A team of scientists studying a star system far from home send a plea for help to those they left behind. It will take nearly 30 years to get a response. What question is so important it’s worth waiting half a lifetime to get an answer?
“If you read nothing else we’ve sent home, please at least read this.“
Becky Chambers hits another home run with a stand-alone novella of space exploration and human ambition. It’s framed as a letter home by a team of scientists sent to survey distant exoplanets known to harbour life. Addressed personally to you the reader, the narrator admits they have no idea who you are or what you know, which is a delightful justification for a bit of exposition.
I can get funny about narratives that spend half their time explaining themselves, but it’s beautifully judged here. Whatever may be at stake – and it will take the whole novella to find out – it’s clear that context is going to be important to support a considered response to the question the Lawki 6 team are going to ask. From that stunning opening line, I desperately wanted to know what they needed; the intimate, persuasive address had me all signed up before the end of the first chapter.
This being Becky Chambers, there’s more to To Be Taught than the accounts of painstaking years of meticulous science (although frankly that alone is worth the price of entry). This isn’t some corporate mission in search of profit, nor even nationally-sponsored research for prestige or political advantage – it’s citizen-funded exploration: apolitical, international, non-profit. Crowdfunded science for the sake of knowledge and mankind. And this is why I love Becky Chambers’s work so very much: she doesn’t just throw big ideas out as aspirational popcorn, she gives us a roadmap to hope and to the stars.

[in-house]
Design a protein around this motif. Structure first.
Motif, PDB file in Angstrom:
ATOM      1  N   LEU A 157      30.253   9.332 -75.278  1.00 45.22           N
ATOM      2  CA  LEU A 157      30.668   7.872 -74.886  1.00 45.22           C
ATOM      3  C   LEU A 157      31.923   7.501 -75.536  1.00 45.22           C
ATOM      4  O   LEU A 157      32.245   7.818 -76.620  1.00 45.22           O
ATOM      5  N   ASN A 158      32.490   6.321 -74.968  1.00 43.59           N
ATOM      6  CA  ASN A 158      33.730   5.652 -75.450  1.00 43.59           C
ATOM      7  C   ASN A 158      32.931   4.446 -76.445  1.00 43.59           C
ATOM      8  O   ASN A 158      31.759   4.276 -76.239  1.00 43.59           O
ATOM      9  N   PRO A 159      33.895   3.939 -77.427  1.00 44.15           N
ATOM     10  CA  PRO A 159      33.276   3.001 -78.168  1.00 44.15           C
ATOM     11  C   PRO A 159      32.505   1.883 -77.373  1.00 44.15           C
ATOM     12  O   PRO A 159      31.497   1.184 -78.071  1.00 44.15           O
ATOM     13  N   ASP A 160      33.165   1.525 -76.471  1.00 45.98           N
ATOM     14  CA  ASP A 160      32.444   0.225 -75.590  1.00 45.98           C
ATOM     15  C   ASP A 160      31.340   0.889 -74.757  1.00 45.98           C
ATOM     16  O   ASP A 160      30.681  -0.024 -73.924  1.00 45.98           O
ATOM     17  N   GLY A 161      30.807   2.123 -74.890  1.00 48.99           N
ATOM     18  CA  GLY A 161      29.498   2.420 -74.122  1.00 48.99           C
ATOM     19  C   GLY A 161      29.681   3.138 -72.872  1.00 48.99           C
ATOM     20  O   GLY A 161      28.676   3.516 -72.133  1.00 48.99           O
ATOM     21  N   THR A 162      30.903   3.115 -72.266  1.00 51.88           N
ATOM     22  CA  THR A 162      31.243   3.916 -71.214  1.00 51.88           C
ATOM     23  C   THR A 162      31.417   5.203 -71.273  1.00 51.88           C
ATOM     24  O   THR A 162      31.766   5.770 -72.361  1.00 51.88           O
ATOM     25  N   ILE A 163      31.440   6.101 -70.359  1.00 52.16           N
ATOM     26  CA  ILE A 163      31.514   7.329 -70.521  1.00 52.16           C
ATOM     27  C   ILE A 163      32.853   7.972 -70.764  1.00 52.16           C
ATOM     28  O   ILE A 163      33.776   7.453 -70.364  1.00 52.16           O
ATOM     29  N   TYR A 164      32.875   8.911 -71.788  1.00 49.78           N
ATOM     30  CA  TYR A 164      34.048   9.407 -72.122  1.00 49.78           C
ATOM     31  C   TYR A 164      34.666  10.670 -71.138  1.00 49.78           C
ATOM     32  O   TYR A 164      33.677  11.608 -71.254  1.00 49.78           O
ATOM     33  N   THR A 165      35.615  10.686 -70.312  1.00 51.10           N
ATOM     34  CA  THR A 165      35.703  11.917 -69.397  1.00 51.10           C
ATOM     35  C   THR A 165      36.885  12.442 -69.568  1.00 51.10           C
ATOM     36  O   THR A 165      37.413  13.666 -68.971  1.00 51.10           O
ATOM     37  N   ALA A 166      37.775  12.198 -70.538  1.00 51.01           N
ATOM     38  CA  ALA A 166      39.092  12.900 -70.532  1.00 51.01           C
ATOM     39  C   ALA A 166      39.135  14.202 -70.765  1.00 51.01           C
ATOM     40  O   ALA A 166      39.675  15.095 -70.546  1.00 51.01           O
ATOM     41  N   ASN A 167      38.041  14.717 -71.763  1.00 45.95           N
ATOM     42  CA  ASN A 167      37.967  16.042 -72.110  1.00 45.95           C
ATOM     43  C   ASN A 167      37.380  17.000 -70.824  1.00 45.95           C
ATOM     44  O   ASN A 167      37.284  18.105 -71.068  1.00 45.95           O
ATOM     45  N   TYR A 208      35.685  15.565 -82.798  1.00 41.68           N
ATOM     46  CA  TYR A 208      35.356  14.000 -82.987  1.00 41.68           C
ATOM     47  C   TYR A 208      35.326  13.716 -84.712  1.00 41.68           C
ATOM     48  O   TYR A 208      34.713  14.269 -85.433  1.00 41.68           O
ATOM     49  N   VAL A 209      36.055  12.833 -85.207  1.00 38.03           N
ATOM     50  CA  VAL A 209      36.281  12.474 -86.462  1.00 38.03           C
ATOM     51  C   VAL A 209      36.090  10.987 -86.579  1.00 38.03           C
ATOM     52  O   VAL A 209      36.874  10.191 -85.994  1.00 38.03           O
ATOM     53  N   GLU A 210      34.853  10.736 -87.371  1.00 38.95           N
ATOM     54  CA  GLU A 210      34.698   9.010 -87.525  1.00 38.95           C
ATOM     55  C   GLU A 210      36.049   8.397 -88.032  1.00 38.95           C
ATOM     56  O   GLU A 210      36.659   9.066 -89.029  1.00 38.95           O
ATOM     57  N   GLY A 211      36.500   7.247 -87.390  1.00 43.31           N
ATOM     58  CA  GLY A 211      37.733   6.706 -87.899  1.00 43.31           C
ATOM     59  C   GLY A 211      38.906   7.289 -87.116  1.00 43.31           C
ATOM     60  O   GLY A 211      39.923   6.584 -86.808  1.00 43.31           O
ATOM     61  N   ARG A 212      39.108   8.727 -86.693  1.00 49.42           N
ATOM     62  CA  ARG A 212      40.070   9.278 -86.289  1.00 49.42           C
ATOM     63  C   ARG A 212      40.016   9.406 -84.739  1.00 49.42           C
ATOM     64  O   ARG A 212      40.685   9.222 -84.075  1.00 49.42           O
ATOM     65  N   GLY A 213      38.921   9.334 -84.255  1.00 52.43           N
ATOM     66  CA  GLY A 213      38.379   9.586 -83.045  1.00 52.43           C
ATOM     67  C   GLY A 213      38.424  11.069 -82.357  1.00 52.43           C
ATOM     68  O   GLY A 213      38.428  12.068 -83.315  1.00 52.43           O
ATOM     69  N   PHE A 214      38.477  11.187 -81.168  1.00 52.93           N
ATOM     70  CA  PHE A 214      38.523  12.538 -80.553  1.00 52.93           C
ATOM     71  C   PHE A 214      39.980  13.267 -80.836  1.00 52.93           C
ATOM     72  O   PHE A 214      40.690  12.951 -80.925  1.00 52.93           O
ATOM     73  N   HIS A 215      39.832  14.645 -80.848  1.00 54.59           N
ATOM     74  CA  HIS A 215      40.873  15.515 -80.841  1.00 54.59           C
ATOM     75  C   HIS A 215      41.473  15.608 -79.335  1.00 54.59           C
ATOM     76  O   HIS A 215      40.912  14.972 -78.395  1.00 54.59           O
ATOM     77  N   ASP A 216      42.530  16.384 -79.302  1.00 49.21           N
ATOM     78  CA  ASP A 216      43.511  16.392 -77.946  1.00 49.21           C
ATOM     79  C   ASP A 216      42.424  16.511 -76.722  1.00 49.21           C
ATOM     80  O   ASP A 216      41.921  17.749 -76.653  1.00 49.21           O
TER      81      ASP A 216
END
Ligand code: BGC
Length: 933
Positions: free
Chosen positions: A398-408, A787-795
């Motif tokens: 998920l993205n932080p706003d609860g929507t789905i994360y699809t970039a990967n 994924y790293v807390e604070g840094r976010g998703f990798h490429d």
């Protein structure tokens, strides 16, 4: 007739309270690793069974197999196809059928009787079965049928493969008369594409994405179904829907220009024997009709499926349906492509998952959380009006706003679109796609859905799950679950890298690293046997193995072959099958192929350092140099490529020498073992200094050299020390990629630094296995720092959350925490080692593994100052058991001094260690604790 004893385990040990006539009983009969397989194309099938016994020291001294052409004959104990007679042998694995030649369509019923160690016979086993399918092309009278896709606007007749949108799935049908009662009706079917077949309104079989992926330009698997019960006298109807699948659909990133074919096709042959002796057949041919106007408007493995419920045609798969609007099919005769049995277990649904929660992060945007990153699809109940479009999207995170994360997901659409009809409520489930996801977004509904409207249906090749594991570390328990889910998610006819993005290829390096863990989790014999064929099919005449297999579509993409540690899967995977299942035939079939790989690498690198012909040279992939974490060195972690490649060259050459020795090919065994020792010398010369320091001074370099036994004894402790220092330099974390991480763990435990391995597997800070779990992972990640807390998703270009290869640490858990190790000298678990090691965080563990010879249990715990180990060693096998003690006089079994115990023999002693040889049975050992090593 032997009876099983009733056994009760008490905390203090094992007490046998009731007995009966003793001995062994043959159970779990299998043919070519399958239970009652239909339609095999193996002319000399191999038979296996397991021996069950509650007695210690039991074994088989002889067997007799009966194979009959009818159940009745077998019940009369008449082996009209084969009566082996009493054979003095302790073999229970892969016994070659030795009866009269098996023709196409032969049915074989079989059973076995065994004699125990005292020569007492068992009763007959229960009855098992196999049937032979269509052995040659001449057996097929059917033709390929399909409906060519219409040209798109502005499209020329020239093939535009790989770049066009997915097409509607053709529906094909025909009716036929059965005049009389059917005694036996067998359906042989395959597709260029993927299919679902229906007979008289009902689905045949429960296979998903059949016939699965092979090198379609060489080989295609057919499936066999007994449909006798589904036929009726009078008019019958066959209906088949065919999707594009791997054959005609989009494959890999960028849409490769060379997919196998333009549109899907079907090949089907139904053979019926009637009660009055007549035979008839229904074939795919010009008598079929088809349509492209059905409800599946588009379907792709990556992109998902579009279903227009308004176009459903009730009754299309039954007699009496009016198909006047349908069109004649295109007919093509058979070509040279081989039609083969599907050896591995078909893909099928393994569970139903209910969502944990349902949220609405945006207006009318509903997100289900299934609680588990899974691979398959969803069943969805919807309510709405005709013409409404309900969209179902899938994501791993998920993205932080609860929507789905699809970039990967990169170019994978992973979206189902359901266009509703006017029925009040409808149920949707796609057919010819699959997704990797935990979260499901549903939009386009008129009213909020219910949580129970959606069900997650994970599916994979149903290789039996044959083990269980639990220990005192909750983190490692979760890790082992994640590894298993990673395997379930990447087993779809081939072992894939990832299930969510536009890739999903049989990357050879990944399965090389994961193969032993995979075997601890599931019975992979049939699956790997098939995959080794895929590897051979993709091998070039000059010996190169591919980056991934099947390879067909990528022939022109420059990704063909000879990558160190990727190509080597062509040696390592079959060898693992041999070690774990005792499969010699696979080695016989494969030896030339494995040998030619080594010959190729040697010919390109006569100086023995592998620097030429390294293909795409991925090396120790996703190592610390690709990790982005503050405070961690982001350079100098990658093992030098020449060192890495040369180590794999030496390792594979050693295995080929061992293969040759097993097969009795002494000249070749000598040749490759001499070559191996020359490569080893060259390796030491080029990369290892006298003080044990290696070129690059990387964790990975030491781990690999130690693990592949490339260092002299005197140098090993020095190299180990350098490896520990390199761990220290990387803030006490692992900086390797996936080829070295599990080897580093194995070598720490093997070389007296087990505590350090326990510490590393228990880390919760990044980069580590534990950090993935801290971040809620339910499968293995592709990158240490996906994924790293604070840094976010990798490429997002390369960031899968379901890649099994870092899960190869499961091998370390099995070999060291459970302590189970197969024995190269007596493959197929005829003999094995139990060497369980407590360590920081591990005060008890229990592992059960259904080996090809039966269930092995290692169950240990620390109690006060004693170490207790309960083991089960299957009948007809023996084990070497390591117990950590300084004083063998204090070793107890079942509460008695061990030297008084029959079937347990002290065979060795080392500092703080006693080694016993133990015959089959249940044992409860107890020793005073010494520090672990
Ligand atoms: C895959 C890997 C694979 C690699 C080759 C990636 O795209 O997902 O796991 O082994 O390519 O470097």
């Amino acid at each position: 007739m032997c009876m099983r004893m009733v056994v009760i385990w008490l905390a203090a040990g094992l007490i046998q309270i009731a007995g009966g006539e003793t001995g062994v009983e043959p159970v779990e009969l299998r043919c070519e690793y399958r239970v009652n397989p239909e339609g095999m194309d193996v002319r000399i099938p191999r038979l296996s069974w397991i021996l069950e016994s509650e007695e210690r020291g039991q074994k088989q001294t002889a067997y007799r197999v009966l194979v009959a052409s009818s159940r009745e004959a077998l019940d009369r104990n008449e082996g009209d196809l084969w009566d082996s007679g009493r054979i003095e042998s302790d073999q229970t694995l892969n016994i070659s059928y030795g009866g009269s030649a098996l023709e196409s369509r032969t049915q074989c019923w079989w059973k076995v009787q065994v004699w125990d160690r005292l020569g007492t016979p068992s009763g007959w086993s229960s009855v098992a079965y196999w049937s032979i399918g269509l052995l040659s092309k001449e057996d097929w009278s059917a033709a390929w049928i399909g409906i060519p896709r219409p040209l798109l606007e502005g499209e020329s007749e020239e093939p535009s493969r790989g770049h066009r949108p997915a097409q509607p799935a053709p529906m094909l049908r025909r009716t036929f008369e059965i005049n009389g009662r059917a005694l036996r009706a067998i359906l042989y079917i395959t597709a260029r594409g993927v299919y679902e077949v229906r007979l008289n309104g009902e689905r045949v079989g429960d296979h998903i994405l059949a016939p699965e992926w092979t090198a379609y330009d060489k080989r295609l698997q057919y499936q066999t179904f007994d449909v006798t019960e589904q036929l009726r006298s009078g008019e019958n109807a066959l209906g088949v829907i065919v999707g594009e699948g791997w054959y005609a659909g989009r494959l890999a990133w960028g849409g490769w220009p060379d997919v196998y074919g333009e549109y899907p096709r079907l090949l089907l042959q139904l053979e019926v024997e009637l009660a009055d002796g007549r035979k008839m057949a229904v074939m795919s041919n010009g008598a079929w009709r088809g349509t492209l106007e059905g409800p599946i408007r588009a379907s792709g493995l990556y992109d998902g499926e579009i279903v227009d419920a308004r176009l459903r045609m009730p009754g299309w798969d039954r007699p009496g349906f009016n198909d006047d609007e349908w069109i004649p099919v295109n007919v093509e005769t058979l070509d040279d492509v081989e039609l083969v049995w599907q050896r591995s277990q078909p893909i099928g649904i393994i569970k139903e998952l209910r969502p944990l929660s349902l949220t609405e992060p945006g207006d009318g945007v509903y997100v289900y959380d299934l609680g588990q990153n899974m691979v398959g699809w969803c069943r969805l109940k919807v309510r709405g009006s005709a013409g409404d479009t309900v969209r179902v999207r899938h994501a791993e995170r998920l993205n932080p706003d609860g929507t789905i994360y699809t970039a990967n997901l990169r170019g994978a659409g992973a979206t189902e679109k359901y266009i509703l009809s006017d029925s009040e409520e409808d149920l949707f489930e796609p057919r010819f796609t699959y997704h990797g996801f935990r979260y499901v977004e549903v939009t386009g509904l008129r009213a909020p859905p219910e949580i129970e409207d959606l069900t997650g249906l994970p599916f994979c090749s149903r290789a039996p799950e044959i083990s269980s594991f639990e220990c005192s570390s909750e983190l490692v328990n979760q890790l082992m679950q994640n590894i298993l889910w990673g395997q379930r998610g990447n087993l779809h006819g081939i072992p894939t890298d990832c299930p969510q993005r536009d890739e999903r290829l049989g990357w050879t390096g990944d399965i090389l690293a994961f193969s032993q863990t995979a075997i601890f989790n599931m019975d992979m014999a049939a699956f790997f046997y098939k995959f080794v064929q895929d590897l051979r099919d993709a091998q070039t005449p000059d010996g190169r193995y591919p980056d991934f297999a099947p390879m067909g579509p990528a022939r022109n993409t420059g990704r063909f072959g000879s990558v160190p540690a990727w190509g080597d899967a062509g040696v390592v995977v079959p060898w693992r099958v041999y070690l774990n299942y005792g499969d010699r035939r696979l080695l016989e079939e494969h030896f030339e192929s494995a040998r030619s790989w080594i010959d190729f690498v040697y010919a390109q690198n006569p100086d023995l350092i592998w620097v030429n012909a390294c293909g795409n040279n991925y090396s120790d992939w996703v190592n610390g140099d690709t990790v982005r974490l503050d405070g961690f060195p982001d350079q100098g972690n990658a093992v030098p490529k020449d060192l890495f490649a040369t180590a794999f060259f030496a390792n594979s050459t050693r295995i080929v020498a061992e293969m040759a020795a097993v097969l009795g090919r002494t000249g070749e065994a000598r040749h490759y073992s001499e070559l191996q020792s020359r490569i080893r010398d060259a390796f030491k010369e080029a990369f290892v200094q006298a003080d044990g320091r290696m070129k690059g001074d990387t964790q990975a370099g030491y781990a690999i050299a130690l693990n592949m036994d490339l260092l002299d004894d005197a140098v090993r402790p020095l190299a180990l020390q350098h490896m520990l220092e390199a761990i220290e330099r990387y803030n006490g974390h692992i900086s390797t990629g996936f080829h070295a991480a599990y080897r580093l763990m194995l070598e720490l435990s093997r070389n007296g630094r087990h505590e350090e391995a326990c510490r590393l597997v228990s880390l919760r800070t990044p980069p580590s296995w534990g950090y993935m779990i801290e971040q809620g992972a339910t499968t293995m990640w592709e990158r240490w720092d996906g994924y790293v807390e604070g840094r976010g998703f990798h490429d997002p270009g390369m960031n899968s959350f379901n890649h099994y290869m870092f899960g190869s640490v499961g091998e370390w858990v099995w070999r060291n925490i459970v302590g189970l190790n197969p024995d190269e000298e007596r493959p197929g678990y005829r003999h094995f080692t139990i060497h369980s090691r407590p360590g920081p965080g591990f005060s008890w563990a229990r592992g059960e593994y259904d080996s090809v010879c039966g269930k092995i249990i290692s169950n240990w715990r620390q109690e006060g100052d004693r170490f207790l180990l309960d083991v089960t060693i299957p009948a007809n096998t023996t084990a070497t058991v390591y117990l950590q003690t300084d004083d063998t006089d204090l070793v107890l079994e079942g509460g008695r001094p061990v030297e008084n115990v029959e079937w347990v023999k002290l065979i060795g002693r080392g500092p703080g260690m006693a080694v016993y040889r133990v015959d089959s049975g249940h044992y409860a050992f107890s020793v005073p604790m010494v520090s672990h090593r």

I’m not crying, you’re crying.
Yes, okay, I’m crying too.
Look, I have a LOT of feelings about science and working for the good of all humanity. I am hugely invested in us reaching for the stars. This one hit me right in the feels, gave me a hug to make it better, then spun out a story that put me right back where I started: crying, happily.
And again, this being Becky Chambers, it’s not a team of strong-jawed ex-military white guys who are our protagonists, which just makes it better. As usual, the cast are casually diverse in race, gender and inclinations. They are a family unit as much as a research team, showcasing the many forms of love that can bind a group of people together when they are – in a very meaningful sense – the only people in the universe (not to mention “Thirteen conscious years of living with and working with and leaning on Elena, and to this day, she still intimidates the hell out of me. In a good way” captures my relationship perfectly. YAS GOOD).
There’s an enormous personal cost to crossing the stars for science and mankind, as our narrator Ariadne gently explains. Loved ones are left behind; they will be long-dead before anyone comes home (if anyone comes home). News takes years to catch up with their craft (if the team are even awake when the broadcasts are received). Watching it forces the team to confront new questions: rendered helpless by time and distance, is there any point to knowing what’s happening back home?
In many ways, To Be Taught If Fortunate is the perfect set-up for a horror movie: remote worlds, a team beyond hope of help, the glory – and threat – of new life forms, the risk of reality diverging from expectation. While it embraces the possibilities inherent in its context (when it goes wrong – and it does go wrong – the tension is almost unbearable), this isn’t horror or even space disaster (although if The Queer Martian exists out there please do point me at it).
Instead, it’s a love song to science and space exploration, an invitation to keep reaching for the stars and to find ways to make it happen for the greater good. It’s the rollercoaster drama of a tightknit squad of queer scientists caught in moments of jubilation and crisis. It could be a prequel of sorts to the Wayfarers books (there’s no explicit connection), but it works entirely on its own merits. Compelling and deeply satisfying, it finishes as it begins, leaving you with the context you need to answer that question.